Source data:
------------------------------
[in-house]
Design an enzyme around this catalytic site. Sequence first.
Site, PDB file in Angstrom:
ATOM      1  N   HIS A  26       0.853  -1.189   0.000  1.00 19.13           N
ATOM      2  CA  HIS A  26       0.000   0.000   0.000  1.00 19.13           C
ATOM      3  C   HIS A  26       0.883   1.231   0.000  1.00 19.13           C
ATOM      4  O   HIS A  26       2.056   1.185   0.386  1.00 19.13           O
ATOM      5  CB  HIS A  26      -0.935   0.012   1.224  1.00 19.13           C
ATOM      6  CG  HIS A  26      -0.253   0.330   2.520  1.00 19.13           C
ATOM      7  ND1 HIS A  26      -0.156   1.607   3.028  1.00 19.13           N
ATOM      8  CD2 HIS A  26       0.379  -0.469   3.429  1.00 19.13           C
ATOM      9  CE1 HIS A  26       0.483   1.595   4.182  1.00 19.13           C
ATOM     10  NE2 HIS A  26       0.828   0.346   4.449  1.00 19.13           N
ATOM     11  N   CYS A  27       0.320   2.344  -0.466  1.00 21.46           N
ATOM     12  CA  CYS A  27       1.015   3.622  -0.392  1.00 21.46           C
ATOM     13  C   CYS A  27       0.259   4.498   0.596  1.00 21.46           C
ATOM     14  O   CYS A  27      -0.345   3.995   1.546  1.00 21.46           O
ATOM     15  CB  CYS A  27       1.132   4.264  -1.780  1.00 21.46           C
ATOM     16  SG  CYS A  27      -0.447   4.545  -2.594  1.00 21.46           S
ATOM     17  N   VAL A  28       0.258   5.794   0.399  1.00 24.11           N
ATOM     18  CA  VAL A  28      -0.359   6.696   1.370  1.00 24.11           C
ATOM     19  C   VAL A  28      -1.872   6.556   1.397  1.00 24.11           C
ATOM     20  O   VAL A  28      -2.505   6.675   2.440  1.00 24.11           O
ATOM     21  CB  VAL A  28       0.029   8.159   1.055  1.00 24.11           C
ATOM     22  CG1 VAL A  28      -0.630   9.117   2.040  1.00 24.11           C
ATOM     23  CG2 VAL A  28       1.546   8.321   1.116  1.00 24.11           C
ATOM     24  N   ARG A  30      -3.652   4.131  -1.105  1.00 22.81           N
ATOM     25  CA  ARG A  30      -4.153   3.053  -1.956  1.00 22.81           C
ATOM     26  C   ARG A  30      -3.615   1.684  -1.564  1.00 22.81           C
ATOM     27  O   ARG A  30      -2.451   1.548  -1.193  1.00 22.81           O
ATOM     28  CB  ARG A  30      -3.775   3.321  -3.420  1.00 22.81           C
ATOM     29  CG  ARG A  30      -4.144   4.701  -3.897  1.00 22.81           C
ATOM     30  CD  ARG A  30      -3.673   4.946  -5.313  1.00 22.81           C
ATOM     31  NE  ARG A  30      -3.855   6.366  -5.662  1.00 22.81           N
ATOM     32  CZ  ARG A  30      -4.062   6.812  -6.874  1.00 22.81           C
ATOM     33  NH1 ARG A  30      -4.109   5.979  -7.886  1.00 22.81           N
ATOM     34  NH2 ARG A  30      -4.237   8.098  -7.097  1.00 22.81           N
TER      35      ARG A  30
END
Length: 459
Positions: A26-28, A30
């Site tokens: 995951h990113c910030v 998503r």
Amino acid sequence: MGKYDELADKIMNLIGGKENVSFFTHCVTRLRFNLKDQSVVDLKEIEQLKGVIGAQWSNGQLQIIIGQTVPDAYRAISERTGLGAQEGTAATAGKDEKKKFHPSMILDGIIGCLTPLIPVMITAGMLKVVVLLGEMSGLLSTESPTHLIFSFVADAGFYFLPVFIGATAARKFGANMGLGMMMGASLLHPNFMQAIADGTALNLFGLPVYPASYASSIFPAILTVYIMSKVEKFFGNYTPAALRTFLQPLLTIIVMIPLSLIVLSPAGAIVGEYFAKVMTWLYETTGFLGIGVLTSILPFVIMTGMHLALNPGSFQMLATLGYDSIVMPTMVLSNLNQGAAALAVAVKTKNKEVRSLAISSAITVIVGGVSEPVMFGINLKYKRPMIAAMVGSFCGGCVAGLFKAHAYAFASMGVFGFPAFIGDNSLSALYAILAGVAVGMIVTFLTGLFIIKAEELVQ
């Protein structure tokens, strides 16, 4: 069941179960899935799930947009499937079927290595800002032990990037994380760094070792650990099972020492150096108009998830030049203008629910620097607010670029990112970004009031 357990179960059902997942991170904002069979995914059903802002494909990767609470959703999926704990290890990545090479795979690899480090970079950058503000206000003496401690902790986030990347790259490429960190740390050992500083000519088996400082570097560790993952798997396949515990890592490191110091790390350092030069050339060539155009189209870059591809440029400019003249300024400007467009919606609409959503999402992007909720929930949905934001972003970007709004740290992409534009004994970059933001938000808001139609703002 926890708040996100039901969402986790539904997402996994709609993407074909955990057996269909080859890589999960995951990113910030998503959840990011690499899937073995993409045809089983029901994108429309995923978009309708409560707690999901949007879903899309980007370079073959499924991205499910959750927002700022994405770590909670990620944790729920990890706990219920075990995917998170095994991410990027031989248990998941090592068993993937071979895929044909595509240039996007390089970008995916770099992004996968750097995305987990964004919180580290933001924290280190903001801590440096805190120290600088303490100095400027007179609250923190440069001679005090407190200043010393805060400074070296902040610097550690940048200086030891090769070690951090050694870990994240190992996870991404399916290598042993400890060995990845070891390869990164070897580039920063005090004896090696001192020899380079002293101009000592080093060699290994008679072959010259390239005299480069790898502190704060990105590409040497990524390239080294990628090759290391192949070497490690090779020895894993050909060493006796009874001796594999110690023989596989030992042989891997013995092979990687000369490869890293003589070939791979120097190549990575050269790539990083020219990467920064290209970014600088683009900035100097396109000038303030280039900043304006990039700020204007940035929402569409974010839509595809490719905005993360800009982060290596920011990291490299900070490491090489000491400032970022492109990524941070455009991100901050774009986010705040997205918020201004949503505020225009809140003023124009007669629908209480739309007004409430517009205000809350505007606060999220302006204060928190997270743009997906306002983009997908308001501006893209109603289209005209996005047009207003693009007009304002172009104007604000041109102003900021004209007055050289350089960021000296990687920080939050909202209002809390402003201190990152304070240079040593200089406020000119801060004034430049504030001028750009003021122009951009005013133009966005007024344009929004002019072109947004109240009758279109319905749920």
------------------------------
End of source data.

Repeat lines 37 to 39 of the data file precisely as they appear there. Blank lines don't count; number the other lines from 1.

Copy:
ATOM     34  NH2 ARG A  30      -4.237   8.098  -7.097  1.00 22.81           N
TER      35      ARG A  30
END